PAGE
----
But that isn’t the side of myself that I want to embrace. I would hope that he admitted to his lies for the same reason that anyone admits to their lies, the burden became too much to bear. Lying isn’t without consequence, it harms your soul. Even as you are basking in accolades, deep down you feel unworthy, whether you are willing to admit that or not, and worried that you will be found out.

I don’t know if that’s the case with Lance Armstrong. It isn’t my place to condemn him, nor is it my place to offer forgiveness. I left my kids with the lesson that lying is wrong. Cheating is wrong. Pretending that we are something that we are not is wrong.

But in the end, we are all human.

Have you talked with your children about Lance Armstrong’s story? What did you tell them? How can we make our children realize that lying is wrong when they see people whom they admire lying?

Chris Jordan
About the Author

Chris Jordan

Chris Jordan began blogging at Notes From the Trenches in 2004 where she wrote about her life raising her children in Austin, Texas.

Oh, she has seven of them. Yes, children. Yes, they...

Chris Jordan began blogging at Notes From the Trenches in 2004 where she wrote about her life raising her children in Austin, Texas.

Oh, she has seven of them. Yes, children.
Yes, they are all hers.
No she’s not Catholic or Mormon. Though she wouldn’t mind having a sister-wife because holy hell the laundry never stops.
Yes, she finally figured out what causes it. That’s why her youngest is a teen now.
Yes, she has a television.

She enjoys referring to herself in the third person.


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Isabel Kallman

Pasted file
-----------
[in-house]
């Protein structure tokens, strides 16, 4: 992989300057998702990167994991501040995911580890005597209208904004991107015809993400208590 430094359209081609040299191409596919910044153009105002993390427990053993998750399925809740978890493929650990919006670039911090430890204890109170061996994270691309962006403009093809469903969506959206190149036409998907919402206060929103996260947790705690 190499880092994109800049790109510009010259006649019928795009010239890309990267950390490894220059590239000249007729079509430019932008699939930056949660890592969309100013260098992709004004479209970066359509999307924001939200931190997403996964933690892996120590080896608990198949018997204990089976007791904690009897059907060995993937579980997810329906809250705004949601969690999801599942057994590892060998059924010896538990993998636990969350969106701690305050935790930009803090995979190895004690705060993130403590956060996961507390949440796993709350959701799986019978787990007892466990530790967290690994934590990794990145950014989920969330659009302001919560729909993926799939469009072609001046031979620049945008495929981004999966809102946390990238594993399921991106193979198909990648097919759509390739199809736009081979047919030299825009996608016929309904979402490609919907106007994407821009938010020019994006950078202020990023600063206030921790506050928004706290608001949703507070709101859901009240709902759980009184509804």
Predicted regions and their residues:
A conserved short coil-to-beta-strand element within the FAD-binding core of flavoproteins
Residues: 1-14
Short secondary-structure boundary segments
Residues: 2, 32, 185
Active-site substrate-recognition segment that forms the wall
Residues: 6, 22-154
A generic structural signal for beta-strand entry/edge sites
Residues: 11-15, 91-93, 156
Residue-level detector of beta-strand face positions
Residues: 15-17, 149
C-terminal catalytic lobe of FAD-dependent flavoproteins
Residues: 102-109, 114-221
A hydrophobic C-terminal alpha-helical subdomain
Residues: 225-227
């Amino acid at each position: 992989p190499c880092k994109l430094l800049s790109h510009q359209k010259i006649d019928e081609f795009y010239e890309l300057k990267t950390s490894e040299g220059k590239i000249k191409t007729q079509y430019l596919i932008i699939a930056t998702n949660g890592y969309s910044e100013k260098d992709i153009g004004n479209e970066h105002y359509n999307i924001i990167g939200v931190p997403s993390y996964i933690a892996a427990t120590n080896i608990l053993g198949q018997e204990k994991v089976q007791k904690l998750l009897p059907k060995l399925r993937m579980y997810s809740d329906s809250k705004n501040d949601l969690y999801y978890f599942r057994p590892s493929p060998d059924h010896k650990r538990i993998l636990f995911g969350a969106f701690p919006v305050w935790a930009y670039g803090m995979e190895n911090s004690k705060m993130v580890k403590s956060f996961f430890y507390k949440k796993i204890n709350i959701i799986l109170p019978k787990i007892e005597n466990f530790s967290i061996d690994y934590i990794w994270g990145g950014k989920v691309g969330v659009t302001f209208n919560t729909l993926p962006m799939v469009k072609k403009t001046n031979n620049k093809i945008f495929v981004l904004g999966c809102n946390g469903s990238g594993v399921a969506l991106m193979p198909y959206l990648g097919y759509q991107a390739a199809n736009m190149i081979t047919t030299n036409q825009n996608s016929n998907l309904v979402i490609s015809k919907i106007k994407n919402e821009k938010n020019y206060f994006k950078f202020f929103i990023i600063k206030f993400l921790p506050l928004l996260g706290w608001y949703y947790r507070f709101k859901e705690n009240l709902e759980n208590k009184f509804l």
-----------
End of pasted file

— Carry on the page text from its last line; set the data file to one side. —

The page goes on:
I was really intrigued by the Lying chapter in NurtureShock and what the research showed about kids and lying. Specifically, they ran an experiment where they told two stories: The Boy Who Cried Wolf and George Washington and the Cherry Tree. It was actually the Cherry Tree story that reduced lying amongst children, by a whopping 75% in boys and 50% in girls. The researchers concluded that because in the Cherry Tree story, GW’s father says “Hearing you tell the truth is better than if I had a thousand cherry trees, “ young GW is getting both an offer of… Read more »


My husband is a competitive cyclist so the subject of Lance, doping, and cheating in general is a daily topic in our household. Our child is too young to know the Lance drama. My opinion on cheating, is that it is also stealing. You are stealing opportunity away from everyone who isn’t cheating. Stealing their joy and fulfillment at winning. And possibly stealing their trust in the fairness of competition in general. Maybe kids revere stealing more than cheating? On Lance in general, I would have to tell a mature child, that he is mentally ill. Even Lance himself called… Read more »

Isabel Kallman

you know, Liz, when I was writing my comment above, I deleted two of my original sentences, which were “Does this tell me that Lance has the maturity of a child? That he is emotionally stunted?”


As someone who works closely with people with mental health issues and passionate about mental health stigma. Please can we not label or dismiss every wrong doer as “mentally ill.” It builds the social stigma as linking mental illness with “evil, dishonest, etc” when that is not the truth at all. I know so many good, honest, moral people dealing with challenges like Bipolar disorder or Schizophrenia.  Lance Armstrong may have a personality disorder and has displayed sociopath behavior but diagnosis doesn’t matter. It’s just an easy way for us to cope and explain horrible acts of immoral behavior (i.e.… Read more »